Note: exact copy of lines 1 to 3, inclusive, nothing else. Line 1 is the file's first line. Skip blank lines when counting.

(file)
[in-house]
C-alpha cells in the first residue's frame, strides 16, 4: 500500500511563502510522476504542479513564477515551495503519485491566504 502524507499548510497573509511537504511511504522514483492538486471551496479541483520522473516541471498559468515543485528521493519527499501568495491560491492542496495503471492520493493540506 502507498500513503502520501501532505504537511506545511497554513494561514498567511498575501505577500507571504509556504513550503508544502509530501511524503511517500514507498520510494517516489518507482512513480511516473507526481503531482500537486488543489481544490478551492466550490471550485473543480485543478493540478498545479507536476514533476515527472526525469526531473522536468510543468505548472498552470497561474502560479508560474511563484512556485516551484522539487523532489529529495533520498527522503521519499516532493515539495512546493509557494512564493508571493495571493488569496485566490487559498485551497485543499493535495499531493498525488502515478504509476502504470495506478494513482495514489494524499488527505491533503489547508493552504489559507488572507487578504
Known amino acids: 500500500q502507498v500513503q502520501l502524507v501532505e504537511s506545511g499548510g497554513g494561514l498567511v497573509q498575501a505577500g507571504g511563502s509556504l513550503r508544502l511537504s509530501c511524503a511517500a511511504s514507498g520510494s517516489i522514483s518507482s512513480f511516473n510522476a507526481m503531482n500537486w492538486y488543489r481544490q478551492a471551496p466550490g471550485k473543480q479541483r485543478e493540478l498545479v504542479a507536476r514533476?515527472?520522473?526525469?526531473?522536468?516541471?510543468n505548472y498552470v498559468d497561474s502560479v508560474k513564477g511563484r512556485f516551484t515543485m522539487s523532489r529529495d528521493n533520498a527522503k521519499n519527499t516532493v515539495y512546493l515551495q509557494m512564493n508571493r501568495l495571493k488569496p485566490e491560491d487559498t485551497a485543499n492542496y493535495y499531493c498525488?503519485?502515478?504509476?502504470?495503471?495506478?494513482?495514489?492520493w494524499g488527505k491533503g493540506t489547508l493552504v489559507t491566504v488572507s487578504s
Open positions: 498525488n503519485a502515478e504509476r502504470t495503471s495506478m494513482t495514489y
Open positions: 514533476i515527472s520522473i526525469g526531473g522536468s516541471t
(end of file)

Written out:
[in-house]
C-alpha cells in the first residue's frame, strides 16, 4: 500500500511563502510522476504542479513564477515551495503519485491566504 502524507499548510497573509511537504511511504522514483492538486471551496479541483520522473516541471498559468515543485528521493519527499501568495491560491492542496495503471492520493493540506 502507498500513503502520501501532505504537511506545511497554513494561514498567511498575501505577500507571504509556504513550503508544502509530501511524503511517500514507498520510494517516489518507482512513480511516473507526481503531482500537486488543489481544490478551492466550490471550485473543480485543478493540478498545479507536476514533476515527472526525469526531473522536468510543468505548472498552470497561474502560479508560474511563484512556485516551484522539487523532489529529495533520498527522503521519499516532493515539495512546493509557494512564493508571493495571493488569496485566490487559498485551497485543499493535495499531493498525488502515478504509476502504470495506478494513482495514489494524499488527505491533503489547508493552504489559507488572507487578504
Known amino acids: 500500500q502507498v500513503q502520501l502524507v501532505e504537511s506545511g499548510g497554513g494561514l498567511v497573509q498575501a505577500g507571504g511563502s509556504l513550503r508544502l511537504s509530501c511524503a511517500a511511504s514507498g520510494s517516489i522514483s518507482s512513480f511516473n510522476a507526481m503531482n500537486w492538486y488543489r481544490q478551492a471551496p466550490g471550485k473543480q479541483r485543478e493540478l498545479v504542479a507536476r514533476?515527472?520522473?526525469?526531473?522536468?516541471?510543468n505548472y498552470v498559468d497561474s502560479v508560474k513564477g511563484r512556485f516551484t515543485m522539487s523532489r529529495d528521493n533520498a527522503k521519499n519527499t516532493v515539495y512546493l515551495q509557494m512564493n508571493r501568495l495571493k488569496p485566490e491560491d487559498t485551497a485543499n492542496y493535495y499531493c498525488?503519485?502515478?504509476?502504470?495503471?495506478?494513482?495514489?492520493w494524499g488527505k491533503g493540506t489547508l493552504v489559507t491566504v488572507s487578504s